A deeper look at consensus
CockroachDB uses the Raft consensus algorithm to guarantee data consistency (as long as system clocks are synchronized with NTP and clock offset is bounded), but it does not handle the whole data set in as a single Raft group. Instead, it uses Multi-Raft, and has a group for each range (horizontal scaling is achieved by splitting data into ranges). Each group designates a node as Leaseholder, which is the node that accepts writes and can serve reads. To optimize reads, Raft is bypassed for them (simplifying that is because the Leaseholder is the only node in a group accepting writes, so it has the most up-to-date data).
There are excellent online resources to get more information about consensus and consistency guarantees in CockroachDB and here are some starting points:
- Jepsen’s test results, both in Kyle Kingsbury’s post describing them and in Cockroach Labs’ blog.
- How CockroachDB does distributed, atomic transactions.
- Living without atomic clocks.
- Consensus, made thrive.
- The Secret Life of Data’s interactive explanation of Raft.
Online schema changes
Being SQL-based, CockroachDB organizes data into databases, tables and rows, with tables having a predefined and well-known schema. Since one of the features of this database is horizontal scaling, this means schema changes must be simple to make even in a globally distributed cluster.
CockroachDB derives inspiration for this from Google’s F1 and supports online schema change by allowing multiple versions of a schema to coexist on the cluster at the same time. A very good explanation of this process can be found here.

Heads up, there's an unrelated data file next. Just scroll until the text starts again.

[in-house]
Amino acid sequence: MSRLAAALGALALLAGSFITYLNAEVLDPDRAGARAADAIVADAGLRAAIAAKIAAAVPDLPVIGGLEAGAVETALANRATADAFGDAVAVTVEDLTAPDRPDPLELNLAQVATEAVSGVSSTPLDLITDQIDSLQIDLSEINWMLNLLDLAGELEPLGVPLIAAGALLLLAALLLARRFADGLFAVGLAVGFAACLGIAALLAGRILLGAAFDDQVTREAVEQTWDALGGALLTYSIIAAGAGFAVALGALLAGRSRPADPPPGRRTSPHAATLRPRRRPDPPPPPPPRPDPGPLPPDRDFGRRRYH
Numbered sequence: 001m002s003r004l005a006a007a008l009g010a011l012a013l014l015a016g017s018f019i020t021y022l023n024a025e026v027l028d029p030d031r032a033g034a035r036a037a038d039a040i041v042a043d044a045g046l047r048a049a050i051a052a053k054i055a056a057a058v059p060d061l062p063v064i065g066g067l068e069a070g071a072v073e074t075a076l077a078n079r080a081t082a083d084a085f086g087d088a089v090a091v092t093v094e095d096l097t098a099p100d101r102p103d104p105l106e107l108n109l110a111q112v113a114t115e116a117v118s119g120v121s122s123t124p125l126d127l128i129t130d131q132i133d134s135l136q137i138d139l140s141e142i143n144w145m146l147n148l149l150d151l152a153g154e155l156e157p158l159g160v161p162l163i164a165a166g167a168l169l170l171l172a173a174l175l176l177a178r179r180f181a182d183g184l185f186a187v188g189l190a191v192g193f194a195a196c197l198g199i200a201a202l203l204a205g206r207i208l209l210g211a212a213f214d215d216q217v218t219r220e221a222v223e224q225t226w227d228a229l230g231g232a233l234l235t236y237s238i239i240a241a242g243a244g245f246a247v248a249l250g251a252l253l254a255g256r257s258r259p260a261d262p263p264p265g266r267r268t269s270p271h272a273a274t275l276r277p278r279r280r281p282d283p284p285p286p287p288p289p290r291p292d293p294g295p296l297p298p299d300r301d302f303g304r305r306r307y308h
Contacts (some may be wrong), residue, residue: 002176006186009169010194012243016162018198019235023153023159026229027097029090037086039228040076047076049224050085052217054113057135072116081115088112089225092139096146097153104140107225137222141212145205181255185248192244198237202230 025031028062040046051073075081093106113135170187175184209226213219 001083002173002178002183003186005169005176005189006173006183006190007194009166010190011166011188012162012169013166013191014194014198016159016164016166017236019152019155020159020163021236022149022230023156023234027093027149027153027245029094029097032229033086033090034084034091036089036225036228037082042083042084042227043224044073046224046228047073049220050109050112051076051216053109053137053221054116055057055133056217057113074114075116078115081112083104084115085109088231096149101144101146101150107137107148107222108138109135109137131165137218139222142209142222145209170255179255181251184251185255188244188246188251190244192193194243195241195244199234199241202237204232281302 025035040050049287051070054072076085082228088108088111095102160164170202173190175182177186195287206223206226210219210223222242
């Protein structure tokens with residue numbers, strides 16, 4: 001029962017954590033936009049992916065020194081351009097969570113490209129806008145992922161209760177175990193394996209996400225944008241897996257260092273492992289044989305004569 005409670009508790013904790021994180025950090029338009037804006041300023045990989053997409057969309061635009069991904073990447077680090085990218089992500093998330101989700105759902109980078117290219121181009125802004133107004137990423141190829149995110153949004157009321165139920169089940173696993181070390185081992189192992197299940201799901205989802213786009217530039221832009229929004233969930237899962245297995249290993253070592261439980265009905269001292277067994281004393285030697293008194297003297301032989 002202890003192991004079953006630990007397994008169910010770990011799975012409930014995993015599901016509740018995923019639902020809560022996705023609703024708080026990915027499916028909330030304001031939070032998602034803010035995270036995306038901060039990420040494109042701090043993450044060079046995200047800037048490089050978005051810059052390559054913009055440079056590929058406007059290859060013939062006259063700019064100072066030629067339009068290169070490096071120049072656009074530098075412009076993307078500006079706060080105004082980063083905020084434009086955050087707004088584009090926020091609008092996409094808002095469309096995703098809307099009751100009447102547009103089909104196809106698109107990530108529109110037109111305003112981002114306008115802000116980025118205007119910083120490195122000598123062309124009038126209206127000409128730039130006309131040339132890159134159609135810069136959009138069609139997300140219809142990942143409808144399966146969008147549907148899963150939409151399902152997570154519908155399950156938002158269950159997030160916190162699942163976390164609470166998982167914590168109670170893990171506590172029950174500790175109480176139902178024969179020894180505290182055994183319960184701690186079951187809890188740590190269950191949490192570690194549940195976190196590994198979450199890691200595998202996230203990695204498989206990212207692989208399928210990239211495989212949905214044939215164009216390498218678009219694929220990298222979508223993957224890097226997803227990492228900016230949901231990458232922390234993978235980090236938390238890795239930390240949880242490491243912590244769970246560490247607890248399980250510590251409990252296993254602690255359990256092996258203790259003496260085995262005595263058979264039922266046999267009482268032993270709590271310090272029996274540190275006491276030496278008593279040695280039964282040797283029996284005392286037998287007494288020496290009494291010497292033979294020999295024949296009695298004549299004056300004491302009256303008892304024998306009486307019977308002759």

Locality and replication zones
During the podcast, we mentioned Georeplication and even touched on GDPR compliance. The feature that lets you do this is Replication Zones, which also control the number of copies of replicas. Another compelling use case for this feature is cross-cloud migrations. In this case, you may want to migrate from one cloud provider to another, and CockroachDB lets you achieve this by appropriately configuring the locality of Replication Zones, provisioning nodes on the target provider, and then adjusting the configuration to force all data to reside only on the locality that corresponds to this new provider. An example migration describing this procedure can be found on this post.
Follow the workload
CockroachDB leverages Leaseholders and Replication Zones (more specifically, the –locality flag) to move active range leases to a node closer to the origin of the majority of the workload automatically when there is high latency between the nodes.
Going back to what we said while discussing consensus, the Leaseholder is the only node in a Raft group that can accept writes and serve reads. Hence, to ‘move active range leases’ means that when locality is in use, CockroachDB attempts to keep Leaseholders as close to the sources of traffic for ranges as possible.
Are you using or considering to use CockroachDB in production? If yes, I’d love to read your stories in the comments section!
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